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Zogging Hell

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  1. Does the drive spin the disk when it is placed in it? Have you got the floppy cable in the right socket (there are two on the back of the drive)?
  2. There is a list and photos of a lot (all maybe?) of the motherboard revisions here. http://www.atari-wiki.com/index.php/Atari_ST_motherboard_revisions A diagnostic cartridge might also be a good idea, once you have recapped the PSU (or replaced) as Paranoid suggested.
  3. I don't know whether your VGA cable has an audio out? If it does and you press a key and get a beep (keyboard click) or repeated beeps if you hold down the key the ST is probably ok, but the cable might be a problem. The disk drive is quite likely to be faulty at this point. You could try using a floppy disk cleaner to try and clean the heads, or do it yourself if you are happy to open the drive and clean the heads with isopropyl and a q-tip or similar.
  4. At least one Atari monitor had stereo speakers afaik, but the monitor output is in mono even on the STe I believe, so presumably you needed to hook up the RCA jacks somehow to get it to work on that model.
  5. Ah that explains my very quiet key clicks (I thought I was going mad). Seriously though, a contrast icon!?!?! I had twiddled that wheel many times with no visible effect on the picture and as it was on my serious ST I hadn't noticed it controlled volume.
  6. The original ST and STM don't have joystick ports on the keyboard itself as Atari had the ports in a sensible place on the early release, so if you have one of those you will need to find a specific keyboard I think, as from a physical perspective at least a 'newer' STF keyboard won't fit. STF, STFM and STEs (and even Falcons) should be fairly easy to source a replacement for as the keyboard is the same. I don't know if the keyboard will work if you remove the joystick ports, presumably it just as some additional circuitry to complete the port circuit, but whether there are connector differences where the keyboard attaches to the motherboard I'm not sure, I seem to recall the connector was different (longer I think), but I haven't opened my early STs for nearly a decade. If you glue the broken bit back in position you could repair it by scratching back to the tracks on either side of the break and using conductive paint to bridge the gap if you don't want to get soldering and using copper wire on the go.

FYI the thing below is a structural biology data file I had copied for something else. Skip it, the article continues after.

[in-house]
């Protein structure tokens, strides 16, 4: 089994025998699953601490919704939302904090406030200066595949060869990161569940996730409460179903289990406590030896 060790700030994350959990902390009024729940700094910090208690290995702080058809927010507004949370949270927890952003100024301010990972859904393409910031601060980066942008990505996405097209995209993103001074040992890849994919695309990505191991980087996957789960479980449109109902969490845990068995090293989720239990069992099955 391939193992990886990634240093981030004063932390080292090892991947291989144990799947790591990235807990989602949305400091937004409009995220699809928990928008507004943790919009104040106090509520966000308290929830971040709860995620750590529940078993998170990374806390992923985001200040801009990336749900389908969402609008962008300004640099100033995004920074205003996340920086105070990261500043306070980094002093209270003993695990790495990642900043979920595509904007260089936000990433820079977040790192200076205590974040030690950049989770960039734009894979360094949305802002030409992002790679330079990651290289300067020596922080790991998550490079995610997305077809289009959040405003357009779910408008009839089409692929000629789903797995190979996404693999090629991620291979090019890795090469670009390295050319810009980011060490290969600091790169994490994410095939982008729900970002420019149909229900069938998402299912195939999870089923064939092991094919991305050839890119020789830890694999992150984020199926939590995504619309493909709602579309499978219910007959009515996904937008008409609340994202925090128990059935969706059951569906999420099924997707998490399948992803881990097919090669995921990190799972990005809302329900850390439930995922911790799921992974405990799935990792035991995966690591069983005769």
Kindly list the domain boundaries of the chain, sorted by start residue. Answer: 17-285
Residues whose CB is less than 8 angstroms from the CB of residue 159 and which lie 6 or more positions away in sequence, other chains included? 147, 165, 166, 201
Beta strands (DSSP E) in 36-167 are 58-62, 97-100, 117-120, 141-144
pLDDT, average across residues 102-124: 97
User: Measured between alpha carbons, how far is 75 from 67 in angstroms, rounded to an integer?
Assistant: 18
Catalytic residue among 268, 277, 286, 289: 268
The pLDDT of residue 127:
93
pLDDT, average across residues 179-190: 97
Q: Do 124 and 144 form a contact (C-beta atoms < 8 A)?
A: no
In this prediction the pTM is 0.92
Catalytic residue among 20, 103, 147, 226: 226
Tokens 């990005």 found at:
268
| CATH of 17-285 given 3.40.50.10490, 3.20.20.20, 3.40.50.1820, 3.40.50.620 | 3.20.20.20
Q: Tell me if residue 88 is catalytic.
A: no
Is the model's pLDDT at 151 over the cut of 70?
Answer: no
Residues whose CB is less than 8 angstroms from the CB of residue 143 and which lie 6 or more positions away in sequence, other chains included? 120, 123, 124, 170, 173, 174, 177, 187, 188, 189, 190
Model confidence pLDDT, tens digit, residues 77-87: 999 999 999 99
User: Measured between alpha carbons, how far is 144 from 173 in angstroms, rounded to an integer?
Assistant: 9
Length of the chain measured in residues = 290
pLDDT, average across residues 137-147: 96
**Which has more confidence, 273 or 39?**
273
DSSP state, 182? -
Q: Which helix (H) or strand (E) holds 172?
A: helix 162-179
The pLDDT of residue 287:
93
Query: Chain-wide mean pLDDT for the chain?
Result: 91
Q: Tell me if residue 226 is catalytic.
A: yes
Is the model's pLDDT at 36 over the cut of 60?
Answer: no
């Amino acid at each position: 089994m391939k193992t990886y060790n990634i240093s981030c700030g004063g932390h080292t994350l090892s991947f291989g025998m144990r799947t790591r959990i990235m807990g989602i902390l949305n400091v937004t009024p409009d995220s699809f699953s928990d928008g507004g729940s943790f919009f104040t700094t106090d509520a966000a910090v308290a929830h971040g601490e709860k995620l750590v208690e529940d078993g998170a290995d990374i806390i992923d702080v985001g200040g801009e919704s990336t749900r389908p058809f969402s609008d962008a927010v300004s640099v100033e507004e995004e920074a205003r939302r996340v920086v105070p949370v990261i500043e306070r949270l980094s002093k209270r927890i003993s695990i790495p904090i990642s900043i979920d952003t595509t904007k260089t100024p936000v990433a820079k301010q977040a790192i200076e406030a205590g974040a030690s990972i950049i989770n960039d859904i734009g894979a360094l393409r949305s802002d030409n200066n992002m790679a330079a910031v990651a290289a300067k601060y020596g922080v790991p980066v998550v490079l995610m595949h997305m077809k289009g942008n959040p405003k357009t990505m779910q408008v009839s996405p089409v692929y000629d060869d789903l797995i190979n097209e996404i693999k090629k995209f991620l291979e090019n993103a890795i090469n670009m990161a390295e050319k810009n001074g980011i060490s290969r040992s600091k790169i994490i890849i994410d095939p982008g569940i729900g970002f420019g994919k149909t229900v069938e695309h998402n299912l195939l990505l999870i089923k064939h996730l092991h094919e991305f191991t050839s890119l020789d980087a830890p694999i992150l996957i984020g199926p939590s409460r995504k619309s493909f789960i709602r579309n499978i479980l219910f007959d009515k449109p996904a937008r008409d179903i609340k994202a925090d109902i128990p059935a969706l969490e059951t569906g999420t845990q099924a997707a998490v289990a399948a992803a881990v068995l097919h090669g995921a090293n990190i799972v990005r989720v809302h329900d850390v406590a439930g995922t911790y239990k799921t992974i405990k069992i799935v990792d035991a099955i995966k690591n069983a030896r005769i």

7. Pure guess as I'm not familiar with the company that made this, but it looks like a accelerator card, probably for boosting the system bus and overclocking the CPU. What's it plugged into and where are the wires going? The easiest way to check would be to run something like Gembench on Lo and Hi and see what the difference is.
  8. I suppose a recap (on the drive) might be in order if you really want to get it going. But I would also recap your PSU if you haven't done so already. Really though unless having the original is necessary I would probably go with Paranoid's advice.
  9. Is this the single sided drive belt version? Probably best changing it out if it is, as it will not work with double sided games/ apps anyway.
  10. Mine always did with my STs, iirc it did not require one with the TT. Always presumed it was the TOS version, all the STs I tried it on were 1.02.